7 Tips for How to Get the Most Heat from a Wood Stove

Christine Herrington

Christine is our Chief Editor and a contributing writer to the site.

Last Updated on June 10, 2021

Whether you have a wood-burning stove in your home or use one when camping, you’ll know how cozy they can make you feel on a cold and damp evening. Wood stoves produce an incredible amount of heat, and they’ll make you feel cozy and content with their mesmerizing dancing flames. 

However, many people don’t experience the maximum benefits from their wood stove because they don’t know how to use their appliance effectively. Getting more heat from the same amount of fuel means you don’t need to keep adding wood to the fire, saving you money and hassle.

By following some simple tips, you can get the most heat from your wood stove. 

7 Tips for How to Get the Most Heat from a Wood Stove
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Table of Contents

1. Burn Well-Seasoned Wood

When learning how to get the most heat from a wood stove, the fuel type is crucial. Softwoods such as cedar, spruce, redwood, and pine, ignite and burn quicker than hardwoods such as oak, maple, hickory, and walnut. This characteristic makes softwoods an excellent choice for starting your stove fire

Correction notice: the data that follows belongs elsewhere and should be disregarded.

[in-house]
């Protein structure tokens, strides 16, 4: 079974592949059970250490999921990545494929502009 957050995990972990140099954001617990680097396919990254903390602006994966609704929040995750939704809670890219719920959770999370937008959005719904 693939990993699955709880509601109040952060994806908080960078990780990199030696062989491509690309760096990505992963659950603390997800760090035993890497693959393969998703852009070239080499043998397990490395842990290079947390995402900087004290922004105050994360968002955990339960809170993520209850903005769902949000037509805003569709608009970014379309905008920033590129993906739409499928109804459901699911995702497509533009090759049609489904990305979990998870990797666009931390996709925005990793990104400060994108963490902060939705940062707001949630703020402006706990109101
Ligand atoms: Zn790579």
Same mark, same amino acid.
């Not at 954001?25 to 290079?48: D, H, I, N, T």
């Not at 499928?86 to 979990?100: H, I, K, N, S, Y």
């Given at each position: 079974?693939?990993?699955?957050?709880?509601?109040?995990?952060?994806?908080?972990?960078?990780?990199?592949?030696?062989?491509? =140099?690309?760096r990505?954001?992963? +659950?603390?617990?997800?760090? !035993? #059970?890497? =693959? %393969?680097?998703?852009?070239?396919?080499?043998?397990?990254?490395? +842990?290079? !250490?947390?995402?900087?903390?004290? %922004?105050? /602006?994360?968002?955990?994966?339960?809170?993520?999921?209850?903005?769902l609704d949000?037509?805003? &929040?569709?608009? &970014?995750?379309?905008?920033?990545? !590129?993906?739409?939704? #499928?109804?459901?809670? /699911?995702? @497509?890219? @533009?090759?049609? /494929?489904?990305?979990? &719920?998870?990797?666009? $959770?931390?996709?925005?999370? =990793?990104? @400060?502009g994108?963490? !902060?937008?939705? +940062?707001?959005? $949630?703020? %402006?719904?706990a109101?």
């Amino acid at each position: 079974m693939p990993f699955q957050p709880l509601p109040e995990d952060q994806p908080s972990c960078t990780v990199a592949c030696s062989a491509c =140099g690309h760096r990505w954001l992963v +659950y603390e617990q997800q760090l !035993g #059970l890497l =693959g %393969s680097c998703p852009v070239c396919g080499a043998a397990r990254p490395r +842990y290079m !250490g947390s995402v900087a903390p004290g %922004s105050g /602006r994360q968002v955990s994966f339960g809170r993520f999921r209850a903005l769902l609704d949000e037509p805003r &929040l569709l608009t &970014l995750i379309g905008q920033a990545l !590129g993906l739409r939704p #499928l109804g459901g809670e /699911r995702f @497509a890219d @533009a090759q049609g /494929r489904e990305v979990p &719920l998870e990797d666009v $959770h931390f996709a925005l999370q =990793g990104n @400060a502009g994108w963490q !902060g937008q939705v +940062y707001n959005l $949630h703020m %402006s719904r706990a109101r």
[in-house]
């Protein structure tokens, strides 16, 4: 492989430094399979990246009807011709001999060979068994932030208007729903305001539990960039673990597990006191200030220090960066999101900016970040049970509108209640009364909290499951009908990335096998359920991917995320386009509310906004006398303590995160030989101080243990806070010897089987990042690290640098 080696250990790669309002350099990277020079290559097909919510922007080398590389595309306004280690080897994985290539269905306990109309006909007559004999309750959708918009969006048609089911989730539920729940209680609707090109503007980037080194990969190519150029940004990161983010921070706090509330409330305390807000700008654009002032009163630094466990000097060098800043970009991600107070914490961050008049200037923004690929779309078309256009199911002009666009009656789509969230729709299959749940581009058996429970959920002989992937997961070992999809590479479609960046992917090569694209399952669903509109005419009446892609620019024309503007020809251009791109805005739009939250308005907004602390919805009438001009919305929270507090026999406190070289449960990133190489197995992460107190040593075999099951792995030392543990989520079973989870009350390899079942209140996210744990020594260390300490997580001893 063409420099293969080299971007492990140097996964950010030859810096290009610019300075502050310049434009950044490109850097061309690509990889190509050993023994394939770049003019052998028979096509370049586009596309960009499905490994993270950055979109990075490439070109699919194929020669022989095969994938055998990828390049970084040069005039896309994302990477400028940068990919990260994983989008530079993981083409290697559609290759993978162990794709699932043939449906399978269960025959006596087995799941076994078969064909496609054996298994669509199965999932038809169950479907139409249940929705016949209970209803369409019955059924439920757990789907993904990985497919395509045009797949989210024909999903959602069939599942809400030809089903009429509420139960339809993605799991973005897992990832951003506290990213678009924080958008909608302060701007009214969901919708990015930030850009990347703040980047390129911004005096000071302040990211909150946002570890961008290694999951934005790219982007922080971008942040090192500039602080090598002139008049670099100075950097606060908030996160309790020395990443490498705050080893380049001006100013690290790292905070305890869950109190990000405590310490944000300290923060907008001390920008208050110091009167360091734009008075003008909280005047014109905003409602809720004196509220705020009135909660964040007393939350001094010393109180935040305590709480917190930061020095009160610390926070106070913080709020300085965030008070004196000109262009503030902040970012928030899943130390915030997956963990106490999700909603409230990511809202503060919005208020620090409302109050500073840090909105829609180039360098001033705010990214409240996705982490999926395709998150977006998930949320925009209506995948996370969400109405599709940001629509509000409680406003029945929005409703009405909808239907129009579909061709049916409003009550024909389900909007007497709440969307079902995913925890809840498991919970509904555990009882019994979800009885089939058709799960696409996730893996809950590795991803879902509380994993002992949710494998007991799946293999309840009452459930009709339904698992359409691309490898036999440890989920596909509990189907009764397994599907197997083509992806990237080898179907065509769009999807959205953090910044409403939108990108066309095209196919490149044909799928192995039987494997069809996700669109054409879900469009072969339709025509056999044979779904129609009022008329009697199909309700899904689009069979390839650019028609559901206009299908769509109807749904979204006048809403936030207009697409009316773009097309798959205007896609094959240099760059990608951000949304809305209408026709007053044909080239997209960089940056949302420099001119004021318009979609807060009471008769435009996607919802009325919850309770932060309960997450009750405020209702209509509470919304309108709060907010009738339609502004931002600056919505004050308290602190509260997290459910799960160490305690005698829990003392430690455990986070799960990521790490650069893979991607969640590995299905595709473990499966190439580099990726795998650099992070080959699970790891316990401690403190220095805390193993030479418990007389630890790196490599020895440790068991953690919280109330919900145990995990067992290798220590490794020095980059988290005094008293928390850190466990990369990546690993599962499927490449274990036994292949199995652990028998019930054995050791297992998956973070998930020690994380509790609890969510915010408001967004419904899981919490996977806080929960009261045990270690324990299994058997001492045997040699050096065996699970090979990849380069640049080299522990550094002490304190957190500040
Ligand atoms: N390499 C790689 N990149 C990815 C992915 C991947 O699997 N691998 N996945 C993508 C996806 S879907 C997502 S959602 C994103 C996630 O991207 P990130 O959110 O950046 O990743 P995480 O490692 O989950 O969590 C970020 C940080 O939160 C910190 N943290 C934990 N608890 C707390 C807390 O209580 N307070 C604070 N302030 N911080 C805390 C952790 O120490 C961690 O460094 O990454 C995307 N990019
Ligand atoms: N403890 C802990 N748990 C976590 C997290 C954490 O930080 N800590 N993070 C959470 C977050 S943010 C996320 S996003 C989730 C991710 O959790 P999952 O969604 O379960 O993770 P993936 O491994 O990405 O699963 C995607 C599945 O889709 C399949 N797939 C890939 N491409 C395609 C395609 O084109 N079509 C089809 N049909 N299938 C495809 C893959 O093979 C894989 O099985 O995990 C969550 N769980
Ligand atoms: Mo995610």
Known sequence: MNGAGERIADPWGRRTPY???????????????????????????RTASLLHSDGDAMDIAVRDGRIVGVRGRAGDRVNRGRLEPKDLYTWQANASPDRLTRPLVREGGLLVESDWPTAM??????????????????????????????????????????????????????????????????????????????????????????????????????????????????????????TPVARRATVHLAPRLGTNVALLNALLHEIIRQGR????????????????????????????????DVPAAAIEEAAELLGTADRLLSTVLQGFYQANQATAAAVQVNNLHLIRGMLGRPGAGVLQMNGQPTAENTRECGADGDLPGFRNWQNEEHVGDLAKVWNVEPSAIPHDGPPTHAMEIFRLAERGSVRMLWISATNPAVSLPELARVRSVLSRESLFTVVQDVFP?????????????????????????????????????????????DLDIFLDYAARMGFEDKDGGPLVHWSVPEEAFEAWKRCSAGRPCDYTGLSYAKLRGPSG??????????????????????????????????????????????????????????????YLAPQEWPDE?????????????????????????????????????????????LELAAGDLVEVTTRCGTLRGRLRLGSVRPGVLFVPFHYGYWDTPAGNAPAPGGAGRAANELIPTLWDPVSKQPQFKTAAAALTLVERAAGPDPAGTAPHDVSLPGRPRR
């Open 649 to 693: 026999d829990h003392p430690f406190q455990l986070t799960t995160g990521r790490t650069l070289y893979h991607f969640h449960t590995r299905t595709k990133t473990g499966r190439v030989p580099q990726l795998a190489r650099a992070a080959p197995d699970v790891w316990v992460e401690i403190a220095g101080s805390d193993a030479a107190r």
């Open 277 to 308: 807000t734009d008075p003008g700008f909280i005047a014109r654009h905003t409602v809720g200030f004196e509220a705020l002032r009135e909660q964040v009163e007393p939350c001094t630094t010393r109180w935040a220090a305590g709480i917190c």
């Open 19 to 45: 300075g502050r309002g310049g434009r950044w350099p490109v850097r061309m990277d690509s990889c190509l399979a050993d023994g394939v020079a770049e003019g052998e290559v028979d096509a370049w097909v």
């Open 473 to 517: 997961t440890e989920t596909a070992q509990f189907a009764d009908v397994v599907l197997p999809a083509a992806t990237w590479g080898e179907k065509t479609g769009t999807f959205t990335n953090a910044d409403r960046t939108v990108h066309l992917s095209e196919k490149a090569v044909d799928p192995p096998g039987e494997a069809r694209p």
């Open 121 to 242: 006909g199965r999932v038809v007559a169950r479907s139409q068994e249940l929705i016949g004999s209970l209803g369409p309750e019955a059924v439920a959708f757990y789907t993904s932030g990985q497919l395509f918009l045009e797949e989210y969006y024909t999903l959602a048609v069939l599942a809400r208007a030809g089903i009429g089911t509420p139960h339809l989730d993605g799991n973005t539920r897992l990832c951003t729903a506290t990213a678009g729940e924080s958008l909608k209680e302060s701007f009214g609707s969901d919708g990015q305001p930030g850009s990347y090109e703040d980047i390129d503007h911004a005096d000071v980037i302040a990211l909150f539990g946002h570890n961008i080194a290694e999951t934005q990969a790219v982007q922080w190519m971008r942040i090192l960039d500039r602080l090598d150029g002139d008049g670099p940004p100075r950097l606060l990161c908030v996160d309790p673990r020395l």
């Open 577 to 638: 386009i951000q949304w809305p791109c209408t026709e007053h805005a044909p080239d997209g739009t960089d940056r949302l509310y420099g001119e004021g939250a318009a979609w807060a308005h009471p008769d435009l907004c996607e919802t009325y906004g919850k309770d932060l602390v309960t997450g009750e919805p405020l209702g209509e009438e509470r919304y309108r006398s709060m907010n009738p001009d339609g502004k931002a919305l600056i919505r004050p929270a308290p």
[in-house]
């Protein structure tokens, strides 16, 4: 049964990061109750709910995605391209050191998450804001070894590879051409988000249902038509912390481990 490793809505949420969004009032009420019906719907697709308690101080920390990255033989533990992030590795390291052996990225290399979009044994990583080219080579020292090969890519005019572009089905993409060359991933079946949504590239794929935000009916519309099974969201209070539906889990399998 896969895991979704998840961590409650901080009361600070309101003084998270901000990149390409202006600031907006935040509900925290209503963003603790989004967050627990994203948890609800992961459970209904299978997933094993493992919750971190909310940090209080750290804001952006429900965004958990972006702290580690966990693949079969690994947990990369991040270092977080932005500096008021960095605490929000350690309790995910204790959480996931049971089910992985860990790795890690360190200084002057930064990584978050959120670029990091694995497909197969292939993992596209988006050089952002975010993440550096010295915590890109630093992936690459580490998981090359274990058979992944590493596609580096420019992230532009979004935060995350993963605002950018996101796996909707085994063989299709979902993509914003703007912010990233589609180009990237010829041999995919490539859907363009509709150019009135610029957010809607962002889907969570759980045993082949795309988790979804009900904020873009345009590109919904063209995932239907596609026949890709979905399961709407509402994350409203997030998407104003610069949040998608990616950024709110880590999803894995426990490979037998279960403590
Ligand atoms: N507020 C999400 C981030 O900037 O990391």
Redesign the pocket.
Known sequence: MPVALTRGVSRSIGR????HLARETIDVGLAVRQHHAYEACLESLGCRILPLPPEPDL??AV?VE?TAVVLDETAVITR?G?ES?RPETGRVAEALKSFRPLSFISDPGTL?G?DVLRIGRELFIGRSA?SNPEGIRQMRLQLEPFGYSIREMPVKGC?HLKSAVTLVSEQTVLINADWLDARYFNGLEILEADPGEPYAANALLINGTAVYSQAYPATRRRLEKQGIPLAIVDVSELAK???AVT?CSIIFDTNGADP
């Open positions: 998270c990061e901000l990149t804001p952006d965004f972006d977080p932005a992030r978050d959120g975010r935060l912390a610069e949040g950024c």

Once your fire is lit, and the flames are roaring, switch to adding hardwoods to the stove. They burn hotter and longer than softwoods. You should try to use well-seasoned wood that has dried over an extended period. This process allows moisture to evaporate, which results in easier ignition of the wood and increased heat production. 

You can use a moisture reader to determine how much water is present in your wood, but there are also visual signs if you don’t have one of these devices. You may notice the wood has a darker color, the bark is peeling, or the surface has split ends. 

2. Maintain a Strong Fire

If you let the fire die down, the heat level will naturally drop. If you place too much wood in your stove, this reduces oxygen circulation and makes it harder for the fire to ignite. The most effective method of maintaining a high consistent heat level is regularly adding two or three logs to your fire. 

If you have a poker, it’s a good idea to stoke the fire, encouraging oxygen flow to keep the fire lit. Ideally, you’ll have a layer of red-hot embers with a couple of logs sitting on top. 

3. Burn Room Temperature Wood

Cold wood takes longer to reach a combustible temperature, allowing time for the stove temperature to drop. If you can bring your firewood into your home about a day before lighting your stove, you’ll notice it ignites more quickly and burns hotter than wood that’s been out in the cold. 

Keeping your wood warm can be tricky if you’re camping, but you can wrap the logs in a towel and store them in a tent to prevent the fuel from getting too cold. 

stove burning at night

4. Close the Stove Door